Bursitis of the Shoulder (Subacromial Bursitis)


This is a swelling of a fluid-filled sac called the "subacromial bursa." It's in the shoulder, between a bony protrusion called the "acromion" and the rotator cuff. You have similar sacs near other large joints throughout your body. They act as cushions between your bones and your soft tissue. Normally they have a small amount of fluid inside them. But sometimes they can swell. We call that "bursitis."


Shoulder bursitis is usually caused by constant stress or friction against your bursa. It can happen if you do a lot of repeated arm motions, especially with your arm raised. A lot of lifting and pulling can cause it. This type of bursitis is often a problem for painters and for construction workers.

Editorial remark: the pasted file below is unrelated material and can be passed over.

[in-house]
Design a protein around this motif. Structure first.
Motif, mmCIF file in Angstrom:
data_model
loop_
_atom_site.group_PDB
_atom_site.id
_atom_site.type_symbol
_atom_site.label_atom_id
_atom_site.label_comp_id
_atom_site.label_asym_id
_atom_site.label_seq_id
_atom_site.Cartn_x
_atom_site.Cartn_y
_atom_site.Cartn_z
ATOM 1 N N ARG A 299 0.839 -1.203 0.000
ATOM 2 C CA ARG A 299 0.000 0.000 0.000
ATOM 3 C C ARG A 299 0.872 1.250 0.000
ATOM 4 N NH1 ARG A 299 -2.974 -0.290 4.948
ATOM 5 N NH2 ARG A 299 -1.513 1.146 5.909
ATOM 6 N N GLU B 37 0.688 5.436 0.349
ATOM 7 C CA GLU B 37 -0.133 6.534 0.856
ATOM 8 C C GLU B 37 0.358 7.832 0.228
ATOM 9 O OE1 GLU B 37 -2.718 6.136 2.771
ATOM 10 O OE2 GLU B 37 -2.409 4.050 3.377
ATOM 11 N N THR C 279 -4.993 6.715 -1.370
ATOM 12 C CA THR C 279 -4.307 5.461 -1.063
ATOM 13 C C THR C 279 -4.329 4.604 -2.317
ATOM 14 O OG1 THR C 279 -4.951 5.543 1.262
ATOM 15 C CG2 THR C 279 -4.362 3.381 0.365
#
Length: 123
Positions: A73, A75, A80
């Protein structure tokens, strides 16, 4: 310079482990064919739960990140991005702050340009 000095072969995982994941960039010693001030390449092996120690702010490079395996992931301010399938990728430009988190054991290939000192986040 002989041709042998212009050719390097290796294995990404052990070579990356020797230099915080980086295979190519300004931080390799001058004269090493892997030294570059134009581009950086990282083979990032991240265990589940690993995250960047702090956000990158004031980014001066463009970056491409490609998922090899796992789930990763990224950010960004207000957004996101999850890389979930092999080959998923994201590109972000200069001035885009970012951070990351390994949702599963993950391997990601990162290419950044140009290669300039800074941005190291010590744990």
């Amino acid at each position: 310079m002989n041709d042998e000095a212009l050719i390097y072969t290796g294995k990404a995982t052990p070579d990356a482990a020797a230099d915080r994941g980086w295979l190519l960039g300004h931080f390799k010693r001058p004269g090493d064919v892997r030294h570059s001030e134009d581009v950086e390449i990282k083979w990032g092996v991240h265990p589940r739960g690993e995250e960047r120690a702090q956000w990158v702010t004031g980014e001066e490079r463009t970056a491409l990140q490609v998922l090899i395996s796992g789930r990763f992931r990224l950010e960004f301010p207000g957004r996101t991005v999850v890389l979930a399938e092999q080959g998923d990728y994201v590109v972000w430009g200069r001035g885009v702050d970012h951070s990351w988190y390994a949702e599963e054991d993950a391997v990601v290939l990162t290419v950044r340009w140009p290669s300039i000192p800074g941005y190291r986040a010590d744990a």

Symptoms include pain and tenderness. It may be hard for you to move your shoulder. You may not have your full range of motion. You may feel pain during activity and when you are at rest. It can wake you up at night.


Treatment options include rest, medications and physical therapy. If these aren't helpful, you may benefit from surgery. Your healthcare provider can create a plan that's right for you.